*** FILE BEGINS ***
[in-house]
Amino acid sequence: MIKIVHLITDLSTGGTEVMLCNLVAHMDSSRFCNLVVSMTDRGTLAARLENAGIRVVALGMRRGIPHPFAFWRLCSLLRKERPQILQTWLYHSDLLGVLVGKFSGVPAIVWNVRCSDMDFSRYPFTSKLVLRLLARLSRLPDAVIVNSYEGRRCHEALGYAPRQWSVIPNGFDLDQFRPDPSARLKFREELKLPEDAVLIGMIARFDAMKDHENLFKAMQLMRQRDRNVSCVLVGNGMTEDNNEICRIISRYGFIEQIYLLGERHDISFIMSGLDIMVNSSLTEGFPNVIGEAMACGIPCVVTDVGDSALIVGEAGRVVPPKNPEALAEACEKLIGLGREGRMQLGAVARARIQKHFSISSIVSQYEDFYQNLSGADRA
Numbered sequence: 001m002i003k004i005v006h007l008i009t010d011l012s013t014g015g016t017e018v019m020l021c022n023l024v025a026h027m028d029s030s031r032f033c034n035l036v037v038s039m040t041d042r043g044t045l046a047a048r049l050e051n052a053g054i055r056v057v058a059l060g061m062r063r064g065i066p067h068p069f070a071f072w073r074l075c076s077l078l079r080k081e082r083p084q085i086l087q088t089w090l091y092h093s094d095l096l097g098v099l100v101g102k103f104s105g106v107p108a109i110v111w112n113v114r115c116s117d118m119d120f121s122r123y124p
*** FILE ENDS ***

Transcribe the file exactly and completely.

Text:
[in-house]
Amino acid sequence: MIKIVHLITDLSTGGTEVMLCNLVAHMDSSRFCNLVVSMTDRGTLAARLENAGIRVVALGMRRGIPHPFAFWRLCSLLRKERPQILQTWLYHSDLLGVLVGKFSGVPAIVWNVRCSDMDFSRYPFTSKLVLRLLARLSRLPDAVIVNSYEGRRCHEALGYAPRQWSVIPNGFDLDQFRPDPSARLKFREELKLPEDAVLIGMIARFDAMKDHENLFKAMQLMRQRDRNVSCVLVGNGMTEDNNEICRIISRYGFIEQIYLLGERHDISFIMSGLDIMVNSSLTEGFPNVIGEAMACGIPCVVTDVGDSALIVGEAGRVVPPKNPEALAEACEKLIGLGREGRMQLGAVARARIQKHFSISSIVSQYEDFYQNLSGADRA
Numbered sequence: 001m002i003k004i005v006h007l008i009t010d011l012s013t014g015g016t017e018v019m020l021c022n023l024v025a026h027m028d029s030s031r032f033c034n035l036v037v038s039m040t041d042r043g044t045l046a047a048r049l050e051n052a053g054i055r056v057v058a059l060g061m062r063r064g065i066p067h068p069f070a071f072w073r074l075c076s077l078l079r080k081e082r083p084q085i086l087q088t089w090l091y092h093s094d095l096l097g098v099l100v101g102k103f104s105g106v107p108a109i110v111w112n113v114r115c116s117d118m119d120f121s122r123y124p